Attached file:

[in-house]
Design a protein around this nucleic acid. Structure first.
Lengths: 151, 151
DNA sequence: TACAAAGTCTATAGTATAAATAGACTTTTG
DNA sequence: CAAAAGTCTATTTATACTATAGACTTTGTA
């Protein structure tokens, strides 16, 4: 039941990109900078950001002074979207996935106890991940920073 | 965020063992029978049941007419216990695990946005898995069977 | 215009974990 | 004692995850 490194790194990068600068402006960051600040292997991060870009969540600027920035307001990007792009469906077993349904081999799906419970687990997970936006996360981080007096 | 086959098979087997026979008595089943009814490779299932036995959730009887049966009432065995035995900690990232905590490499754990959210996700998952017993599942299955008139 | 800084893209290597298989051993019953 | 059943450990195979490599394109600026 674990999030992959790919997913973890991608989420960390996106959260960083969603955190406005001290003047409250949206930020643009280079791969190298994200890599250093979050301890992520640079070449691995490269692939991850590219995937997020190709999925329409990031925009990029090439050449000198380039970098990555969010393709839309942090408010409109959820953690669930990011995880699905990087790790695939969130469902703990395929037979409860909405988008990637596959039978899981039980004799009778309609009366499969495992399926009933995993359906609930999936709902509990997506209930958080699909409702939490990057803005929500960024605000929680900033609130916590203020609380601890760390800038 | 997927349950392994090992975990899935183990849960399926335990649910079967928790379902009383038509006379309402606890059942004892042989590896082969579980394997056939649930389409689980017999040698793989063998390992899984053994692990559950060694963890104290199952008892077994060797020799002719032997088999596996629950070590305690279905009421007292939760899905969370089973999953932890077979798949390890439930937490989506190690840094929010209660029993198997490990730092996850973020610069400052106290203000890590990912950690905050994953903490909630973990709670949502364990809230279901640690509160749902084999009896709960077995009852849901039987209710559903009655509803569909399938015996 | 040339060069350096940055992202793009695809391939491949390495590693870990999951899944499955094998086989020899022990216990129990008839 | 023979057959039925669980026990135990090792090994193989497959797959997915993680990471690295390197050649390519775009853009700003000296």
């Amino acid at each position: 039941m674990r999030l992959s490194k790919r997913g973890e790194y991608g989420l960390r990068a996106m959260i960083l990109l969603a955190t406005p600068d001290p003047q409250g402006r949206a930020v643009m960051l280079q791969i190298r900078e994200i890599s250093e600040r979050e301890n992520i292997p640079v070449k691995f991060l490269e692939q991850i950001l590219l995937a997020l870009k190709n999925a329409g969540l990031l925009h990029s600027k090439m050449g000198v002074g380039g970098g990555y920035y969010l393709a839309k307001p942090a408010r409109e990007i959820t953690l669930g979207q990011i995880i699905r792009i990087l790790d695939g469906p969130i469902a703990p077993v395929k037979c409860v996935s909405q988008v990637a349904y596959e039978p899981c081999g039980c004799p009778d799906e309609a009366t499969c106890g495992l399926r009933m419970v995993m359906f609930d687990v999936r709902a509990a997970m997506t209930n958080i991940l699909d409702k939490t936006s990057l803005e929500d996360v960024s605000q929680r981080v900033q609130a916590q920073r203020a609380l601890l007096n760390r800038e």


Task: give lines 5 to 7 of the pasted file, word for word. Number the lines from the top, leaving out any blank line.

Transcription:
DNA sequence: CAAAAGTCTATTTATACTATAGACTTTGTA
């Protein structure tokens, strides 16, 4: 039941990109900078950001002074979207996935106890991940920073 | 965020063992029978049941007419216990695990946005898995069977 | 215009974990 | 004692995850 490194790194990068600068402006960051600040292997991060870009969540600027920035307001990007792009469906077993349904081999799906419970687990997970936006996360981080007096 | 086959098979087997026979008595089943009814490779299932036995959730009887049966009432065995035995900690990232905590490499754990959210996700998952017993599942299955008139 | 800084893209290597298989051993019953 | 059943450990195979490599394109600026 674990999030992959790919997913973890991608989420960390996106959260960083969603955190406005001290003047409250949206930020643009280079791969190298994200890599250093979050301890992520640079070449691995490269692939991850590219995937997020190709999925329409990031925009990029090439050449000198380039970098990555969010393709839309942090408010409109959820953690669930990011995880699905990087790790695939969130469902703990395929037979409860909405988008990637596959039978899981039980004799009778309609009366499969495992399926009933995993359906609930999936709902509990997506209930958080699909409702939490990057803005929500960024605000929680900033609130916590203020609380601890760390800038 | 997927349950392994090992975990899935183990849960399926335990649910079967928790379902009383038509006379309402606890059942004892042989590896082969579980394997056939649930389409689980017999040698793989063998390992899984053994692990559950060694963890104290199952008892077994060797020799002719032997088999596996629950070590305690279905009421007292939760899905969370089973999953932890077979798949390890439930937490989506190690840094929010209660029993198997490990730092996850973020610069400052106290203000890590990912950690905050994953903490909630973990709670949502364990809230279901640690509160749902084999009896709960077995009852849901039987209710559903009655509803569909399938015996 | 040339060069350096940055992202793009695809391939491949390495590693870990999951899944499955094998086989020899022990216990129990008839 | 023979057959039925669980026990135990090792090994193989497959797959997915993680990471690295390197050649390519775009853009700003000296």
């Amino acid at each position: 039941m674990r999030l992959s490194k790919r997913g973890e790194y991608g989420l960390r990068a996106m959260i960083l990109l969603a955190t406005p600068d001290p003047q409250g402006r949206a930020v643009m960051l280079q791969i190298r900078e994200i890599s250093e600040r979050e301890n992520i292997p640079v070449k691995f991060l490269e692939q991850i950001l590219l995937a997020l870009k190709n999925a329409g969540l990031l925009h990029s600027k090439m050449g000198v002074g380039g970098g990555y920035y969010l393709a839309k307001p942090a408010r409109e990007i959820t953690l669930g979207q990011i995880i699905r792009i990087l790790d695939g469906p969130i469902a703990p077993v395929k037979c409860v996935s909405q988008v990637a349904y596959e039978p899981c081999g039980c004799p009778d799906e309609a009366t499969c106890g495992l399926r009933m419970v995993m359906f609930d687990v999936r709902a509990a997970m997506t209930n958080i991940l699909d409702k939490t936006s990057l803005e929500d996360v960024s605000q929680r981080v900033q609130a916590q920073r203020a609380l601890l007096n760390r800038e």